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Behavior Modification

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Behavior Modification



Behavior Modification, a psychological theory of human behavior. It evolved from the application of experimentally derived principles of learning to the modification of problem behaviors. The theory is based on a psychological model of human behavior that rejects the psychoanalytic or quasi-disease model of mental illness. Approaches to behavior modification assume that abnormal behavior is acquired and maintained in the same manner as normal behavior and can be changed directly through the application of social-learning principles. Assessment procedures focus on describing how an individual behaves, thinks, and feels in specific situations. Treatment methods are derived from the theories and findings of experimental psychology. These approaches also share a commitment to the use of scientific research methods to evaluate objectively the clinical utility of their procedures.
Behavior-modification procedures have been applied successfully to a broad range of psychological, medical, and educational problems among diverse populations. Some of the problems that have been treated include anxiety and phobic disorders, psychotic disorders, obsessive-compulsive disorders, and depression.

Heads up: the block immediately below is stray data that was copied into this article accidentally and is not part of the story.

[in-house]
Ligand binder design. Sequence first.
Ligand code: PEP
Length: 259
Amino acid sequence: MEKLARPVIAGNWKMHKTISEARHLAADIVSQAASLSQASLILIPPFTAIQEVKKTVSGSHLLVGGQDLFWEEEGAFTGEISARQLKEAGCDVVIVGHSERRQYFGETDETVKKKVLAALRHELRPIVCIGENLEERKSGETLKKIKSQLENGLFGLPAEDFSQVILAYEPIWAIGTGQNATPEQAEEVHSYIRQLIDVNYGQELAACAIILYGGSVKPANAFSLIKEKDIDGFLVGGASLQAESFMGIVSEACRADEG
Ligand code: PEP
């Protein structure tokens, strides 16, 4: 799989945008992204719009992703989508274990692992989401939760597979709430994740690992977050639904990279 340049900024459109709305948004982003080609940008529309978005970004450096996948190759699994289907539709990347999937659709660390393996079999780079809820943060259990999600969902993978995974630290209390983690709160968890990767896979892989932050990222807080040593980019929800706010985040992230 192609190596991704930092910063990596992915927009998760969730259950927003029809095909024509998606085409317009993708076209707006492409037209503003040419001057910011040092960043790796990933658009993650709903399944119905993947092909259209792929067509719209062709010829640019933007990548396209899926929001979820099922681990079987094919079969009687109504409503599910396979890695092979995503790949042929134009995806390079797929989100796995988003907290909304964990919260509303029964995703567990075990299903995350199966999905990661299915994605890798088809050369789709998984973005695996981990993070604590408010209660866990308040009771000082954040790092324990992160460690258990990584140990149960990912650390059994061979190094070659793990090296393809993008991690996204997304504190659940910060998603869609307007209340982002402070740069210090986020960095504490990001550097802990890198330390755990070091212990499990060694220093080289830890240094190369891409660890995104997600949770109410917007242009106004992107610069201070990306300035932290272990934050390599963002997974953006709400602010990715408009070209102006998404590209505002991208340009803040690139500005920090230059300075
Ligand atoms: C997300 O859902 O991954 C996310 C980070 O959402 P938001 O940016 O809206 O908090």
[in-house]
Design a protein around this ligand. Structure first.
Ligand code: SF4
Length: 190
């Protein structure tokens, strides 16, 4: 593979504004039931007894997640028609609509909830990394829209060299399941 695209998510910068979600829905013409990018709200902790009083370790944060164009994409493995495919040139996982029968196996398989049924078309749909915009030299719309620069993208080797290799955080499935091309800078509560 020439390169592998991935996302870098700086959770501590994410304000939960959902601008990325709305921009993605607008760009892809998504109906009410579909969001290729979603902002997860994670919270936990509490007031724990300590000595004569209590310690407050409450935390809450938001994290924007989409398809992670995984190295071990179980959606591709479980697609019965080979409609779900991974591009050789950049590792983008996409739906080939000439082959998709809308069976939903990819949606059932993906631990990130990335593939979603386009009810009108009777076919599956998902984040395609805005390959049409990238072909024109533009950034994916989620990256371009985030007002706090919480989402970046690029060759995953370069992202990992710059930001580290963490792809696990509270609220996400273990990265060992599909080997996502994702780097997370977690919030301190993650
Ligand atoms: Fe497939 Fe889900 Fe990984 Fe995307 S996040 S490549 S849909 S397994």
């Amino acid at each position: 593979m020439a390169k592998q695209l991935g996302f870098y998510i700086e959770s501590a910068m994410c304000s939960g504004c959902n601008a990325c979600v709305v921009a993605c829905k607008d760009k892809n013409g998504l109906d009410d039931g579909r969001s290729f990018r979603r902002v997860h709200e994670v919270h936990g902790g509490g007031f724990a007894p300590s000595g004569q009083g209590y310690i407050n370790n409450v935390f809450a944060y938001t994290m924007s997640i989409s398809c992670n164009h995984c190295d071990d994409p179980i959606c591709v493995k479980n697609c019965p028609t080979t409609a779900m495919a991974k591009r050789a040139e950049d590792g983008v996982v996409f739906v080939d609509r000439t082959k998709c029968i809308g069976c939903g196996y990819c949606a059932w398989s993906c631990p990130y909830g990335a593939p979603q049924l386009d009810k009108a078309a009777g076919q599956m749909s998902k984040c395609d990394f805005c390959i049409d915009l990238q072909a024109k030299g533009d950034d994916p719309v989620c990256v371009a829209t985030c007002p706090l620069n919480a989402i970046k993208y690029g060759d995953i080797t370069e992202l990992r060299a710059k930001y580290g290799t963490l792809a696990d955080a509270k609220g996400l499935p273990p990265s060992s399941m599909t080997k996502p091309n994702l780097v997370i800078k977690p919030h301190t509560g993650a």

Several classic examples of the application of learning principles to behavioral problems were described in the first half of the 20th century, including the pioneering investigations of the Americans John B. Watson, Rosalie Rayner, and Mary Cover Jones on the acquisition and extinction of phobic responses in young children.
The publication in 1958 of Psychotherapy by Reciprocal Inhibition by Joseph Wolpe of South Africa was a landmark in behavior modification. It represented an important step in the use of this theory as ...


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...e role of the individual in applied behavior analysis, this theory assumes a reciprocal interaction between a person's actions and environmental consequences. Cognitive processes are central to what the individual learns in that they determine how environmental events are interpreted. Modeling procedures such as guided participation and symbolic modeling, in which learning occurs through observation, are examples of treatment methods derived from the social-learning approach. See also Behaviorism.


Bibliography:
Bellack, A. S., and M. Hersen, Behavior Modification: An Introductory Textbook (Oxford 1977).
Watson, D. L., and R. G. Tharp, Self-Directed Behavior: Self Modification for Personal Adjustment, 4th ed. (Brooks/Cole Pub. Co. 1985).
Yule, William, ed., Behavior Modification for People with Mental Handicaps, ed. by Janet Carr, 2d ed. (Methuen 1988).

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